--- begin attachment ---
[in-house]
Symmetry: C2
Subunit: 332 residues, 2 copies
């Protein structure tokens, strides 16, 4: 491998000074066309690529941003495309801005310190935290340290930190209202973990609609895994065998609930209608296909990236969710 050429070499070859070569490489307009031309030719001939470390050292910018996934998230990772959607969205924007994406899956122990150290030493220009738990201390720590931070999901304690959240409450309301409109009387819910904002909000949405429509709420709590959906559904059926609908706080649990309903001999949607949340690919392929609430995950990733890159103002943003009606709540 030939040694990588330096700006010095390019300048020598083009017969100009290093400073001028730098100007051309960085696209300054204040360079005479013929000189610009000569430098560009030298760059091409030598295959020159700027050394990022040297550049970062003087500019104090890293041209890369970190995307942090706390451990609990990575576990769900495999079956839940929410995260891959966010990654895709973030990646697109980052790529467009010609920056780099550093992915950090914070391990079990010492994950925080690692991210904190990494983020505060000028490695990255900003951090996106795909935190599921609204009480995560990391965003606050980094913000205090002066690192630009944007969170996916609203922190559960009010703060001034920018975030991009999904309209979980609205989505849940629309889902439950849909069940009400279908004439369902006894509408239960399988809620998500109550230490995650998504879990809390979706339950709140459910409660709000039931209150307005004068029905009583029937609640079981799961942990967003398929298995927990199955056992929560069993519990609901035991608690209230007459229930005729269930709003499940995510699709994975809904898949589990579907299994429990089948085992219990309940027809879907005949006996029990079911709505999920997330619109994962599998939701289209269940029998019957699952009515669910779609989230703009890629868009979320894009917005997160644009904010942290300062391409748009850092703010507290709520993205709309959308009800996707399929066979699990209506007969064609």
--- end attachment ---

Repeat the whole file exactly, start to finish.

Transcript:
[in-house]
Symmetry: C2
Subunit: 332 residues, 2 copies
């Protein structure tokens, strides 16, 4: 491998000074066309690529941003495309801005310190935290340290930190209202973990609609895994065998609930209608296909990236969710 050429070499070859070569490489307009031309030719001939470390050292910018996934998230990772959607969205924007994406899956122990150290030493220009738990201390720590931070999901304690959240409450309301409109009387819910904002909000949405429509709420709590959906559904059926609908706080649990309903001999949607949340690919392929609430995950990733890159103002943003009606709540 030939040694990588330096700006010095390019300048020598083009017969100009290093400073001028730098100007051309960085696209300054204040360079005479013929000189610009000569430098560009030298760059091409030598295959020159700027050394990022040297550049970062003087500019104090890293041209890369970190995307942090706390451990609990990575576990769900495999079956839940929410995260891959966010990654895709973030990646697109980052790529467009010609920056780099550093992915950090914070391990079990010492994950925080690692991210904190990494983020505060000028490695990255900003951090996106795909935190599921609204009480995560990391965003606050980094913000205090002066690192630009944007969170996916609203922190559960009010703060001034920018975030991009999904309209979980609205989505849940629309889902439950849909069940009400279908004439369902006894509408239960399988809620998500109550230490995650998504879990809390979706339950709140459910409660709000039931209150307005004068029905009583029937609640079981799961942990967003398929298995927990199955056992929560069993519990609901035991608690209230007459229930005729269930709003499940995510699709994975809904898949589990579907299994429990089948085992219990309940027809879907005949006996029990079911709505999920997330619109994962599998939701289209269940029998019957699952009515669910779609989230703009890629868009979320894009917005997160644009904010942290300062391409748009850092703010507290709520993205709309959308009800996707399929066979699990209506007969064609």